In the past, teaching participants about their retirement plan centered on investment topics such as the difference between small-cap and large-cap funds. Today, participant education has shifted, focusing on saving and managing debt—the true determiners of retirement readiness. As financial wellness has increasingly become a topic of interest to plan sponsors, the challenge for the industry is to make sense of what, in practice, it really means. For instance, how is it delivered, how is it benchmarked, and why are employers the logical ones to offer this type of education?
At the 2017 PLANSPONSOR National Conference, held last week in Washington, D.C., leading providers in the participant education field discussed the financial wellness industry; how financial wellness is defined at their own individual company; and how it has evolved.
George Lambert, senior manager of business development, LearnVest Inc., said financial wellness has become a dynamic industry with new entrants every week. He defined financial wellness as “the ability to feel confident about your money and optimistic about the future by having proper access to digital tools and support from a real planner.” To expand on that, he said, “Financial wellness programs should deliver a financial plan that is simple, actionable, realistic and personalized to an individual’s unique circumstances.”
Financial wellness is a term devalued, in many ways, due to context, according to David Snyder, CEO, Perspective Partners LLC. “But it’s a measure of how strongly a participant sees his financial situation as empowering his life as opposed to burdening his life, so his finances are not a stress factor.” Perspective Partners sees financial wellness as more than just a path to retirement—the presence, or absence, of it affects saving for other life cycle events such as a college fund for one’s children.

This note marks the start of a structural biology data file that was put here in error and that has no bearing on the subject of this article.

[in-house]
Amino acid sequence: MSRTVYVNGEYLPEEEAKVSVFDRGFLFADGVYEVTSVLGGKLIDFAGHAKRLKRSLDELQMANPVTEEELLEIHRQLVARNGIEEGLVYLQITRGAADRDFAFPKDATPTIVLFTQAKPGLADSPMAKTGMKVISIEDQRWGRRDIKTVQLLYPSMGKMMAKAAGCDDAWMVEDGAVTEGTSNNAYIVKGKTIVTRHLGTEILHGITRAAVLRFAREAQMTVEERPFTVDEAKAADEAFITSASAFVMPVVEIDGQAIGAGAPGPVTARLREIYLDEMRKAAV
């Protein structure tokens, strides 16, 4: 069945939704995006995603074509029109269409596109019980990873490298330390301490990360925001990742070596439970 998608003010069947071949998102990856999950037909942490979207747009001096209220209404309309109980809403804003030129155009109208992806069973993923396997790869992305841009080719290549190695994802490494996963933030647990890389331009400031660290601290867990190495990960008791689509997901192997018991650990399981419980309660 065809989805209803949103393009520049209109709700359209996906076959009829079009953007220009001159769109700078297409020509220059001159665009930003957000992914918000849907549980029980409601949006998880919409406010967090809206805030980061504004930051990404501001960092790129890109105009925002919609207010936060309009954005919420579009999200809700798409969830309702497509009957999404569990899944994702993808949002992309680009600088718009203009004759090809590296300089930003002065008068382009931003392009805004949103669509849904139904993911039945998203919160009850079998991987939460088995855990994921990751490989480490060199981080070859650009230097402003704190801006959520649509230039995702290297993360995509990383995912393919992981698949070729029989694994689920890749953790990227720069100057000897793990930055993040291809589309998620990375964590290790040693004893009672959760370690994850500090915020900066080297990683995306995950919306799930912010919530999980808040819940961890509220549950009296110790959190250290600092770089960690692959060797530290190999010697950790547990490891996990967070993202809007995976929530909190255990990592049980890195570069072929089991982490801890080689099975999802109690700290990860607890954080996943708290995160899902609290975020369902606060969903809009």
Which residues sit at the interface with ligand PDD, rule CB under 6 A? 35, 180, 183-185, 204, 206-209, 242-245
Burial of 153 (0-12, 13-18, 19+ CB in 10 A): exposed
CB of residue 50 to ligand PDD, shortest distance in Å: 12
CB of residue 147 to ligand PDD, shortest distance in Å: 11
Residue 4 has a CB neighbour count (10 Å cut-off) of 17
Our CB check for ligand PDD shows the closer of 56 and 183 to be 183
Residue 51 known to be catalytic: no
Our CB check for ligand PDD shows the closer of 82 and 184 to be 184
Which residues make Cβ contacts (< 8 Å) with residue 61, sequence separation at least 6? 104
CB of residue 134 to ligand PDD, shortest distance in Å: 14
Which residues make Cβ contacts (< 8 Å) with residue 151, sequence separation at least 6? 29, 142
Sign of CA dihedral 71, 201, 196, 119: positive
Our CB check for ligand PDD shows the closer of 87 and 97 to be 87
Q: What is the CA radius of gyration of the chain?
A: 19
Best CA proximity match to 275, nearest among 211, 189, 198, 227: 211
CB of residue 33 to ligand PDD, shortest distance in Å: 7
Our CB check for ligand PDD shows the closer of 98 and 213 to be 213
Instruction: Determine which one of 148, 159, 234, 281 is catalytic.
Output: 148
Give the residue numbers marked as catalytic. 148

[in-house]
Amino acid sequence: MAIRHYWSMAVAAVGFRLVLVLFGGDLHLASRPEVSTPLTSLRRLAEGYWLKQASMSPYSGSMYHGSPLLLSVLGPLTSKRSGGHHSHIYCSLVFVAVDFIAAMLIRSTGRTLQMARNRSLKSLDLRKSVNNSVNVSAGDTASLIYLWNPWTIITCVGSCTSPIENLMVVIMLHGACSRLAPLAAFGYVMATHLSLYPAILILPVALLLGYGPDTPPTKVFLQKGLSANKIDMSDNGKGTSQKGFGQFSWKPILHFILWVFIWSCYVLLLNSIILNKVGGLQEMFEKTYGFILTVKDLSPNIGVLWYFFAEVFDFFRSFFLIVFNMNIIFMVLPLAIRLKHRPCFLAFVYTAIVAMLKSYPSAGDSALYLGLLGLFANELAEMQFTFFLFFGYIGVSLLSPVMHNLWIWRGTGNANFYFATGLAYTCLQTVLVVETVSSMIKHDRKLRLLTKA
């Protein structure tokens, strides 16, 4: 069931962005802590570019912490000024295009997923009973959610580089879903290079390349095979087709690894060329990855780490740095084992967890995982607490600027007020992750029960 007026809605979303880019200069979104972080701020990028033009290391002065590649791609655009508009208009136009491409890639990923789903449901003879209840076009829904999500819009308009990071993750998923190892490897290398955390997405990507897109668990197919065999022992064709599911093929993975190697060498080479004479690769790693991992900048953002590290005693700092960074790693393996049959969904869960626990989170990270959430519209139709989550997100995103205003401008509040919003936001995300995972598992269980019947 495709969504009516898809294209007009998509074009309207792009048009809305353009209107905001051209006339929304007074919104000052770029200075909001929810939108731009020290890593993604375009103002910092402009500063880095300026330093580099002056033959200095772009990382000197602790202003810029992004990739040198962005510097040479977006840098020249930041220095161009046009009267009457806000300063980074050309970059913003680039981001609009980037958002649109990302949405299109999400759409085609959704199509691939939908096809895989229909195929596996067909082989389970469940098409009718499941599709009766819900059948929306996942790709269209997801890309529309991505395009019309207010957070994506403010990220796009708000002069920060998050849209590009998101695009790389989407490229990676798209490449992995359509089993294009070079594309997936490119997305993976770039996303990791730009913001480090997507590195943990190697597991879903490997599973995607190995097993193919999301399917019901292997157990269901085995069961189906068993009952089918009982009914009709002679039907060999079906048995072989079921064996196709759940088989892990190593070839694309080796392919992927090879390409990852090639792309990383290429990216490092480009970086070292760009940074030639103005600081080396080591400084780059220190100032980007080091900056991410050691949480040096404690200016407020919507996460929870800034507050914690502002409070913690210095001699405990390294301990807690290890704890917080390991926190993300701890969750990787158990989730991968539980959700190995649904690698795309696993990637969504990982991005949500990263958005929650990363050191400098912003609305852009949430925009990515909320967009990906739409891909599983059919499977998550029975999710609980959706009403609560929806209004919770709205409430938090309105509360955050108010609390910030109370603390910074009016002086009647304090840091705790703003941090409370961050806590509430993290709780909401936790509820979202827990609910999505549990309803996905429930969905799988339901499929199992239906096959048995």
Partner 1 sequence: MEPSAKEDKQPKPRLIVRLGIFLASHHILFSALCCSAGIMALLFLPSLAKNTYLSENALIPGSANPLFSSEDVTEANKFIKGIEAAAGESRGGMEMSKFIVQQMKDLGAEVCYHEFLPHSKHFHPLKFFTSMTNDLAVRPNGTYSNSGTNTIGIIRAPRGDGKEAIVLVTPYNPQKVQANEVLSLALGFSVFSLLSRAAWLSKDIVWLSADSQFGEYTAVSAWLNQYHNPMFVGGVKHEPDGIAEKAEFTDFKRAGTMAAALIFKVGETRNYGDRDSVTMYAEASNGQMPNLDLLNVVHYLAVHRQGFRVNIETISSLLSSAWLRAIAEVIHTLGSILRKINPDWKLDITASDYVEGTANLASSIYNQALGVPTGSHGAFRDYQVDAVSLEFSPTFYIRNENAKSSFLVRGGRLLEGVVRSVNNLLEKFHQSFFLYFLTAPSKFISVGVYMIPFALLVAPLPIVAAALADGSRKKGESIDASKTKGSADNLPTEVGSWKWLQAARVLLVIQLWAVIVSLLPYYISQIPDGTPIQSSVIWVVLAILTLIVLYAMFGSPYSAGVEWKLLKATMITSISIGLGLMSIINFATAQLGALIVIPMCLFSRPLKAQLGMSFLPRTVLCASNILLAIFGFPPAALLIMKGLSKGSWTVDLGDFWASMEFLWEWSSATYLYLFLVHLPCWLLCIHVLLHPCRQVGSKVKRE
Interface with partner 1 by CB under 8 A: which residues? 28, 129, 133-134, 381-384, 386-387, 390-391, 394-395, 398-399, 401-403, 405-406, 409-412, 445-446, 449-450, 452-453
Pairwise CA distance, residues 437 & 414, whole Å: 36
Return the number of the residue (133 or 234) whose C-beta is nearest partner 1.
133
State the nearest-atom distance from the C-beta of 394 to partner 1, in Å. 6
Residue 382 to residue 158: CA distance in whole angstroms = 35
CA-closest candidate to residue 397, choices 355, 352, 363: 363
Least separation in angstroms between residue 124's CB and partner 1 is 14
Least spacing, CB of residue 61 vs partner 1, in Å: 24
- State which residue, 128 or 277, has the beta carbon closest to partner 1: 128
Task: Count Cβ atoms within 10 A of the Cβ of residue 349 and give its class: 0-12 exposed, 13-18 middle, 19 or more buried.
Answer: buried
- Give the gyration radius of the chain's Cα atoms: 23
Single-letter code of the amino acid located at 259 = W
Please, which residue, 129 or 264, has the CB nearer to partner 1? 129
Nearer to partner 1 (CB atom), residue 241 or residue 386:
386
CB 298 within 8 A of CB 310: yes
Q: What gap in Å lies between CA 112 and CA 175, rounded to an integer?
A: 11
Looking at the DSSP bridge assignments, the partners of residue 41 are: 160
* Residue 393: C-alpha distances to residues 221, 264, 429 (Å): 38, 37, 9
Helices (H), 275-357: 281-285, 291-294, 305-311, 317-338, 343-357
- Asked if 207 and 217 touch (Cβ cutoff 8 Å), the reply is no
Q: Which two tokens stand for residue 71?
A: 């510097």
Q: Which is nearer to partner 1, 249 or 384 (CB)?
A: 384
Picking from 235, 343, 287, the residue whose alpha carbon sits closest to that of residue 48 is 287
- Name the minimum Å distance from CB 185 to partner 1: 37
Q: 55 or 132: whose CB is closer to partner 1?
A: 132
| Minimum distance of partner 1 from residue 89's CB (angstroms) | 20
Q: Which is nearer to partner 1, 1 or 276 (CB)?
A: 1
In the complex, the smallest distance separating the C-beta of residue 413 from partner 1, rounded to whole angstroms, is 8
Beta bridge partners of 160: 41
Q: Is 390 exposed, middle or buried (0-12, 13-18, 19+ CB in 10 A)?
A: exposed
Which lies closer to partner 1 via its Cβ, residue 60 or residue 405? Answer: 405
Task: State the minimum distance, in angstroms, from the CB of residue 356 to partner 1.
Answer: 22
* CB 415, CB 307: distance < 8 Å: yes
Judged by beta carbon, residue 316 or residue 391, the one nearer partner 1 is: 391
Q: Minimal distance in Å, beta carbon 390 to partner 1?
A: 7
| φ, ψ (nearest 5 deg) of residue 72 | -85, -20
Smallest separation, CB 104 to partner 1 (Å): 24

Adam Hills, senior vice president and head of institutional business solutions at Ayco, a Goldman Sachs company, said Ayco has spent considerable time discussing the topic. “We have used terms such as ‘financial literacy,’ ‘financial education,’ and now it’s ‘financial wellness.’” Hills views the model of financial wellness as being “‘holistic.’ “You’re looking at all angles; it’s not just retirement and investments,” he said. “How do you align the company’s goals with the employees’ goals? Finding the right balance is what makes for success—what we now call a financial wellness plan.”
As Hills sees it, the workplace is the right venue for financial wellness programs—basically because this is where many employees have the most money saved. Plan sponsors and providers can capitalize on episodic events at the sponsor’s company, such as when raises are given, using the opportunity to reach out to participants. At those times, they can layer on other information about financial wellness, which, for the participant, strengthens the overall concept.
When discussing the return on investment (ROI) of financial wellness, Snyder pointed out that the subset of employees who have poor financial wellness could create problems for a different subset of the employee population. For instance, failing nondiscrimination testing can limit the use of a company’s nonqualified deferred compensation (NQDC) plan. Therefore, it is important to have a comprehensive view of one’s employees.